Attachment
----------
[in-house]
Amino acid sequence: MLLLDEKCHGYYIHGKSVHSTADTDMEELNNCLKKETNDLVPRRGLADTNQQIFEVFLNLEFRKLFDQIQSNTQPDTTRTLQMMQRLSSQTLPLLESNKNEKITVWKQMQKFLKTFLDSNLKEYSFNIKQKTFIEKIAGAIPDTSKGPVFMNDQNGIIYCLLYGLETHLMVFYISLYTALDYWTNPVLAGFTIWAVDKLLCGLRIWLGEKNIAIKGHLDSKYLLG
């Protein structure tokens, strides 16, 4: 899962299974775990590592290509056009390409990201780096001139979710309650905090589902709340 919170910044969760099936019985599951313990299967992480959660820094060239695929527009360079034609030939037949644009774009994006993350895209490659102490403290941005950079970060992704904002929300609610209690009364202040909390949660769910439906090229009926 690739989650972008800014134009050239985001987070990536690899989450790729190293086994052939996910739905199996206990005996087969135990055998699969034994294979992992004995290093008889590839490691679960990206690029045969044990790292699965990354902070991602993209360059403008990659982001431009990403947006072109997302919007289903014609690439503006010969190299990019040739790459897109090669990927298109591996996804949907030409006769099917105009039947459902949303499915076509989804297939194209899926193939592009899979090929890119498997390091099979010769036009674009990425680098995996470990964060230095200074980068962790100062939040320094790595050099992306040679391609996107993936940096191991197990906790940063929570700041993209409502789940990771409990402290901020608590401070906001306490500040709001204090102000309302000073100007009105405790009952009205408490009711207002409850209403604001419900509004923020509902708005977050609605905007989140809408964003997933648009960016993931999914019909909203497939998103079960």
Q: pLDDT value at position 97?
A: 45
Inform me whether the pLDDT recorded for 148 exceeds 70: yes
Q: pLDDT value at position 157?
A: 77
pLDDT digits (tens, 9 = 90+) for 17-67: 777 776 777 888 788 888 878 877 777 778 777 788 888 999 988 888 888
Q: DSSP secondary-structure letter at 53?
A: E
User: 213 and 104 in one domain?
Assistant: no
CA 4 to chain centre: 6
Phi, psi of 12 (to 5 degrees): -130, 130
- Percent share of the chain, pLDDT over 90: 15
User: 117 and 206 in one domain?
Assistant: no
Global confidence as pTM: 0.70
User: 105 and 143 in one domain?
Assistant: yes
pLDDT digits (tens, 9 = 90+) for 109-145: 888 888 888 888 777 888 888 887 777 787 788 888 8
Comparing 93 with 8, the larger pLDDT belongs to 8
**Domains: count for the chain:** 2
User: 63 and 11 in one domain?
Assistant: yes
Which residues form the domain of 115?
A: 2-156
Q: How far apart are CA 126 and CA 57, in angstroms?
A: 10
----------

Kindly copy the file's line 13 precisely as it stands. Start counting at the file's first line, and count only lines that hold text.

Assistant: no